A Dutch family in the world’s oldest desert

Up until the 1920´s the lower Swakop River valley in the central Namib Desert in South West Africa used to be a prosperous farming area that supplied fresh fruit and vegetables to ocean liners docking at the harbour of Walvis Bay at the Atlantic coast. Then came the Great Depression and the disastrous floods of the 1934 rain season that washed away much of the fertile alluvial soil deposits. The demise was compounded with the construction in 1976 of the Swakoppoort Dam without sluice gates hundreds of kilometres upstream in the Okahandja area. Since then only the tributary Khan River flooded the lower courses of the ephemeral river in the few good rain seasons that occasionally interrupt the arid climate in South Western Africa. The groundwater has become increasingly brackish since the late 1970´s. Although small farming has never come to a complete standstill during the last decades it is only now that an immigrant Dutch family has helped to bring back life to farming activities along the banks of the Swakop River.

Read the following article in the “Namibian” from 20 October 2006 on how George and Cathy Ellis (and their four children) from the Netherlands have kick-started vegetable farming at the small plot farm Oranje Hoewe on the banks of the river near Swakopmund in the oldest desert of the world:

Delicacies from the Namib Desert


ON the last day of their holiday in Namibia in 2000, the Ellis family bought a plot in the Swakop River with the idea of eventually making a living by farming.

They went back to Holland and sold all their belongings and gave up their house so that they could move to their new home.

George Ellis, a software engineer by profession, had a job offer with a company at Swakopmund but about a month before they were to leave for Namibia the company went bankrupt and he was unemployed before even starting.

However, there was no going back as the container with most of the family's belongings was on a ship heading for Namibia.

So the family came and instead of slowly starting to farm, they started immediately as an income was needed.

Greenhouses were put up and fast-growing crops like cucumbers, baby marrows and tomatoes were planted to get the business off the ground.

Cucumbers take about eight to 10 weeks from being sown to harvest and are thus an ideal fast crop.

Besides the fast-growing crops, slower-growing asparagus was also sown.

It takes about two years before asparagus can be harvested.

"I am amazed that stuff grows in this soil and with this brackish water," said Ellis, who also grows herbs, beetroot, spinach, artichokes, green peppers and sunflowers.

Ellis said there are some major differences between farming in Namibia and in Europe.

In Europe the fields are planted and then mechanically harvested in one go.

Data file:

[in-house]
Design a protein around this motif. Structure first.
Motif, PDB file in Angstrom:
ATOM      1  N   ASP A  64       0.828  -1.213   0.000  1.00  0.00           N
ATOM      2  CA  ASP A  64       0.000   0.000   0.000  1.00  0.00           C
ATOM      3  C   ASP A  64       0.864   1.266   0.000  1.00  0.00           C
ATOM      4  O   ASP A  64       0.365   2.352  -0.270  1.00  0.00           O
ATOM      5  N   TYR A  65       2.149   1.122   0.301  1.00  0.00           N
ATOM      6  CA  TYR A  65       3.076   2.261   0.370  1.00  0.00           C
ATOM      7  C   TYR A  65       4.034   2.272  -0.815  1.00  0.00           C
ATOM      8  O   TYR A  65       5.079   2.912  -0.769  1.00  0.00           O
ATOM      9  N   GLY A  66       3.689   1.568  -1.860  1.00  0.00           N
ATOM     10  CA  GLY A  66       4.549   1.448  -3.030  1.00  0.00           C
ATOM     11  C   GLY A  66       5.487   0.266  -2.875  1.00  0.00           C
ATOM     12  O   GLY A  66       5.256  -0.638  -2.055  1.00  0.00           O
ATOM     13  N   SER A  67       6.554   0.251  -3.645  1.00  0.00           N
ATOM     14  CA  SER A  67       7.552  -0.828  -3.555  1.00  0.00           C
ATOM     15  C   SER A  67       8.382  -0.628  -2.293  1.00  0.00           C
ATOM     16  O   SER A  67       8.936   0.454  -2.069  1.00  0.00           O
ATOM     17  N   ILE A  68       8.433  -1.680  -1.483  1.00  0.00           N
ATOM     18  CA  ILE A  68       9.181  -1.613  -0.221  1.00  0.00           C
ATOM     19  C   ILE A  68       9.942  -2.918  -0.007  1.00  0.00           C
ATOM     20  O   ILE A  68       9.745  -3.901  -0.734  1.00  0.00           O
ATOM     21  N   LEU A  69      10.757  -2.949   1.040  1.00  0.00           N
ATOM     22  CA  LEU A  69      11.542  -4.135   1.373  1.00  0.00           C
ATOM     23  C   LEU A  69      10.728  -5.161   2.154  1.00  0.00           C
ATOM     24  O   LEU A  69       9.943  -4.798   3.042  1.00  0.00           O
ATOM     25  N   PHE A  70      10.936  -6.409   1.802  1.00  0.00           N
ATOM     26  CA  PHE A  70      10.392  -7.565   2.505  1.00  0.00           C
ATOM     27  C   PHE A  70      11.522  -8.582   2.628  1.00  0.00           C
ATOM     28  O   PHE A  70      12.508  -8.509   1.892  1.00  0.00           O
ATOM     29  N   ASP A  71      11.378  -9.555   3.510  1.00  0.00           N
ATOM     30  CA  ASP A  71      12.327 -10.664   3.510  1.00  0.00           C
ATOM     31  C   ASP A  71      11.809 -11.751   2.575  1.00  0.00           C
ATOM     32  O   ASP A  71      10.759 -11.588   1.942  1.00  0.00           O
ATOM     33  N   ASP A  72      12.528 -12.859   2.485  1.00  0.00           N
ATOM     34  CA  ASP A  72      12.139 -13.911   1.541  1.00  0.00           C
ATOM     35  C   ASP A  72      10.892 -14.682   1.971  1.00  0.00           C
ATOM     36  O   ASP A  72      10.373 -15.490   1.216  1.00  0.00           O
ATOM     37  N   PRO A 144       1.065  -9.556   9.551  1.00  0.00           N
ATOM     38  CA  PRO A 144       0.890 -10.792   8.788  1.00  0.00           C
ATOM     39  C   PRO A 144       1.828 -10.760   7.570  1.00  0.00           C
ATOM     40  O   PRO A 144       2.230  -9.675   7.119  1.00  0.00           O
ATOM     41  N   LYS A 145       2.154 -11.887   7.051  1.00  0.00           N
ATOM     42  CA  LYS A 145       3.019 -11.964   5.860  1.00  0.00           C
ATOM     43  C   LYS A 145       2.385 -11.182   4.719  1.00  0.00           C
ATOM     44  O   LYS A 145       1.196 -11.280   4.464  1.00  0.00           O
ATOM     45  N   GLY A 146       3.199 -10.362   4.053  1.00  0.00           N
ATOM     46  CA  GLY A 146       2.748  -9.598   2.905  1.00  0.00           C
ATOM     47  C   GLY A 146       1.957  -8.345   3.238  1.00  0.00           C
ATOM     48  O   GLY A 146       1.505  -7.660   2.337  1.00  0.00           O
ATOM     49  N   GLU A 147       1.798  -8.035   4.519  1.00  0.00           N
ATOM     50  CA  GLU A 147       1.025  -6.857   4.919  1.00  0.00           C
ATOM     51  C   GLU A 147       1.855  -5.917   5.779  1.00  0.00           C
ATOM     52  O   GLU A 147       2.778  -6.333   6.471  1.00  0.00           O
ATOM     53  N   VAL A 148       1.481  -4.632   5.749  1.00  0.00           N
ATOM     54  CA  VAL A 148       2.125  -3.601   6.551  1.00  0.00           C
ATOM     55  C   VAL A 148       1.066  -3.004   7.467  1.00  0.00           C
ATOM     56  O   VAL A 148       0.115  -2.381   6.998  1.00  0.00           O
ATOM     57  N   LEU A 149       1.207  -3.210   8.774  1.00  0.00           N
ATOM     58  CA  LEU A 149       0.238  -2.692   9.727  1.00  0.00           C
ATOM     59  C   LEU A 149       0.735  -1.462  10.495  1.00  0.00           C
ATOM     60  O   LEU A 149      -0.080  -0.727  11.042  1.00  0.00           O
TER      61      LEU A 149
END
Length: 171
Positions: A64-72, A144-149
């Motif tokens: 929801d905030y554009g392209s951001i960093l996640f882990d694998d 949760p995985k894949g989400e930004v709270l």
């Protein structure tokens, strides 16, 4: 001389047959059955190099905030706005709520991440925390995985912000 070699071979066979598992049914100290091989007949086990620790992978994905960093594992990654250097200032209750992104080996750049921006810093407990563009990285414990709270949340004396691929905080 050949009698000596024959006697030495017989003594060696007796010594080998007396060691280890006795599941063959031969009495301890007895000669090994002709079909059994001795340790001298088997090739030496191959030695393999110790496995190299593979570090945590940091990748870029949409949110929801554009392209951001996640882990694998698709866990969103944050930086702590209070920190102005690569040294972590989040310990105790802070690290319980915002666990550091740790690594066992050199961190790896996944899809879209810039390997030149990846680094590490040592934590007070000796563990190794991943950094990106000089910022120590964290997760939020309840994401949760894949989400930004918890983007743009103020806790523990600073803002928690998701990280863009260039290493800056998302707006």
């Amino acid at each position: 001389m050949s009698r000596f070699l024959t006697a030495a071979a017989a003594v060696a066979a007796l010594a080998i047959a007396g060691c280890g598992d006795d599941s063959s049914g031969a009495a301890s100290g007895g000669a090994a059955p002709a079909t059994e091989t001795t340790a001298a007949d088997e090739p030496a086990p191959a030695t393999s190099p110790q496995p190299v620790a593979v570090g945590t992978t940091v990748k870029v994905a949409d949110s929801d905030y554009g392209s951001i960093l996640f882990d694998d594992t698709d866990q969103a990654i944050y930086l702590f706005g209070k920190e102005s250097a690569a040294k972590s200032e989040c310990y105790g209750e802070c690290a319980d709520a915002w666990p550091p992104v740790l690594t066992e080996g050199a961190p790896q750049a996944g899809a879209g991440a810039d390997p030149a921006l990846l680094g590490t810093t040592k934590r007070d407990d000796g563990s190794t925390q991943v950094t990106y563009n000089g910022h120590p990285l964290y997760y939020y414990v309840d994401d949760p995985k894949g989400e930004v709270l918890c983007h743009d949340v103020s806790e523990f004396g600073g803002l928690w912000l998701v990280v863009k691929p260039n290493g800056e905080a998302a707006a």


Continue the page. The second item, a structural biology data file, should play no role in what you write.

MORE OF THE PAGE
In Namibia they are harvested manually and according to need.

In Europe, livestock farmers pay crop farmers to remove the dung from their farms, while Namibian farmers have to pay for the manure.

"Here we take what we can get in manure - horse, camel, chicken and even ostrich," Ellis said.

He imports 'Jiffies' from Europe to sow his seeds in.

wA Jiffy is a flat, biodegradable disc approximately 5 cm in diameter, in which the seed is planted.

Once the Jiffy is put into water it swells up to about 5 cm high, allowing the seed enough space to germinate and form roots.

Once the seedlings are big enough, they are planted into the field together with the Jiffy, which later disintegrates.

This minimises stress on the seedlings, as there is no contact or damage to their fragile root system.

Ellis has also planted lettuce but the strong east wind at the coast keeps destroying the delicate leaves, so he and his workers have built a tunnel which can be covered with plastic sheets when the wind starts blowing.

Besides asparagus, Ellis's cocktail tomatoes are in great demand.

He attributes this to the distinctive flavour of vegetables grown in the brackish water of the Swakop River.

He said tomatoes, in particular, taste better if grown in harsh conditions.

Ellis has planted various crops to test which are better suited for survival in the salty, sandy soil at the coast.

His latest experiment is with sunflowers, which he says seem to be doing well.

Beans, unfortunately, do not like the brackish water, he has found.

Besides selling his vegetables to shops at Walvis Bay and Swakopmund, Mrs Ellis has a fresh-produce stand in front of Photo Studio Behrens at Swakopmund.

Source: http://www.namibian.com.na/

For a view over the farm Oranje Hoewe along the dry river banks please click here for an article that appeared in the German Namibian daily “Allgemeine Zeitung” on July 6, 2006: http://www.az.com.na/index.php?page=...68490&id=16042